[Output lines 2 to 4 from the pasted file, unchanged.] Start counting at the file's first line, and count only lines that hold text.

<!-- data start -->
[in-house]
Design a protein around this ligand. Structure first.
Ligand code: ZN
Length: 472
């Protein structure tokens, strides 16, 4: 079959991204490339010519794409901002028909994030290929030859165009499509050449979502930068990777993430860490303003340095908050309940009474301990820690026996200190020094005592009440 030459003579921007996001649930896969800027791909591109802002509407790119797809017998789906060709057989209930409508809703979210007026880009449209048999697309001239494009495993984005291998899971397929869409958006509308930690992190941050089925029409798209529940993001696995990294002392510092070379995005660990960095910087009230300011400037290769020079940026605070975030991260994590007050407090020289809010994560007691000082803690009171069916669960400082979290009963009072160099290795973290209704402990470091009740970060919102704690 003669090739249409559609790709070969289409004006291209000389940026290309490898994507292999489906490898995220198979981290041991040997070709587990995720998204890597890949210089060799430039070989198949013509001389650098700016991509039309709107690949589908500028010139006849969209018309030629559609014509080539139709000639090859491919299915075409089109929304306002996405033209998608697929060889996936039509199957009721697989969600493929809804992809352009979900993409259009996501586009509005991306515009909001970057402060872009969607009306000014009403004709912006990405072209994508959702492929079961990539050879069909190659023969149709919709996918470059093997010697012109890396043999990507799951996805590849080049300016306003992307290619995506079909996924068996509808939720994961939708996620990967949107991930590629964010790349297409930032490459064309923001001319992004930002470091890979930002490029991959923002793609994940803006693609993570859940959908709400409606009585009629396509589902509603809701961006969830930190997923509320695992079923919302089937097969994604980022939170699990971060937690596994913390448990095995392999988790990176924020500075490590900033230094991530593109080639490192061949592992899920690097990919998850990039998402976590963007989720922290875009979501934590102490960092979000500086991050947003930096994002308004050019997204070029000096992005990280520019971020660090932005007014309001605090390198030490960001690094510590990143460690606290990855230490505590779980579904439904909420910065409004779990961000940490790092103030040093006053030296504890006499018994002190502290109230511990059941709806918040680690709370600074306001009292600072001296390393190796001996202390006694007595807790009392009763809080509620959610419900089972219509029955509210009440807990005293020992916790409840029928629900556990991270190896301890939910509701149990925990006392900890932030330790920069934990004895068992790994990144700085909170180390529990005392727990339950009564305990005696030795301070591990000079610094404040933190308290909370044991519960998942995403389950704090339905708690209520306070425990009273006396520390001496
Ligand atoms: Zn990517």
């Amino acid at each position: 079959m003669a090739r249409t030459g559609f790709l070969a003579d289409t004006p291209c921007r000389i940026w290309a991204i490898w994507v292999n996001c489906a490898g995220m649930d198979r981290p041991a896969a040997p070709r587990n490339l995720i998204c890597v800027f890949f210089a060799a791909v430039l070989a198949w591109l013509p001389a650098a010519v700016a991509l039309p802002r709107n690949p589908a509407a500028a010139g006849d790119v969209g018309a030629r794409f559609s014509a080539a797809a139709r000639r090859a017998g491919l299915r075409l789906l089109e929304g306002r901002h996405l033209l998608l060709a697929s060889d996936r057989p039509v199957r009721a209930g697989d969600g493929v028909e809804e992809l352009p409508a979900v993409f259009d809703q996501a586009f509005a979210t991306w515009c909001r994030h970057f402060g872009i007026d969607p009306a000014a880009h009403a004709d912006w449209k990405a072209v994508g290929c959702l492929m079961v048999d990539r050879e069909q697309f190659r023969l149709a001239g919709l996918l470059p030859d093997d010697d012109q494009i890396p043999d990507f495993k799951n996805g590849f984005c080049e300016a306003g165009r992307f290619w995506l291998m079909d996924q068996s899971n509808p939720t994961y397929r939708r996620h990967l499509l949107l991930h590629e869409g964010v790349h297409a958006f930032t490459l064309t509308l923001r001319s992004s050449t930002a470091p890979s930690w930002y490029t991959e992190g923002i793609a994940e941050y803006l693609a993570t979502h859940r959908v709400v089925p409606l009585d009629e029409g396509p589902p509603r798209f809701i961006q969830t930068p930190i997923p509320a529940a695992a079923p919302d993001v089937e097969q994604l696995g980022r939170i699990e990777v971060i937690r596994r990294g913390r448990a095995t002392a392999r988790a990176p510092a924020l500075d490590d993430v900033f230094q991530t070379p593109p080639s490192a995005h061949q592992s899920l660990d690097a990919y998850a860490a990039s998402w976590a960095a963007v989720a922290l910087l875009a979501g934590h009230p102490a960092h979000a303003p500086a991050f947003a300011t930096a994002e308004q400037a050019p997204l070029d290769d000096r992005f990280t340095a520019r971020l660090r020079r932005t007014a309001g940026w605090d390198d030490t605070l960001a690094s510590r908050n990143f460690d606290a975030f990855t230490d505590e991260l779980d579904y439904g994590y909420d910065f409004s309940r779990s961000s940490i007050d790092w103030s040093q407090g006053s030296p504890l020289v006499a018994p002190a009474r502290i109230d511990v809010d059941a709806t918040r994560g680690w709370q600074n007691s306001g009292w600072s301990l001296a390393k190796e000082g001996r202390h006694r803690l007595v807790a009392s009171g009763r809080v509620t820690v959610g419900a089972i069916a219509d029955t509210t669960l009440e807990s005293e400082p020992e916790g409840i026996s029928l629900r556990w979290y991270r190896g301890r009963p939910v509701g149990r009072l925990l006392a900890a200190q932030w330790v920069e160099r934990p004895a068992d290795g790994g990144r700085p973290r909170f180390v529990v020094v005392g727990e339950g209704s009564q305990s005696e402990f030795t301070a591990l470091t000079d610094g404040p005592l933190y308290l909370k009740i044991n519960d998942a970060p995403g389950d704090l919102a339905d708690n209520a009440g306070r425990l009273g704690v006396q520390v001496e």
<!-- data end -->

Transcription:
Design a protein around this ligand. Structure first.
Ligand code: ZN
Length: 472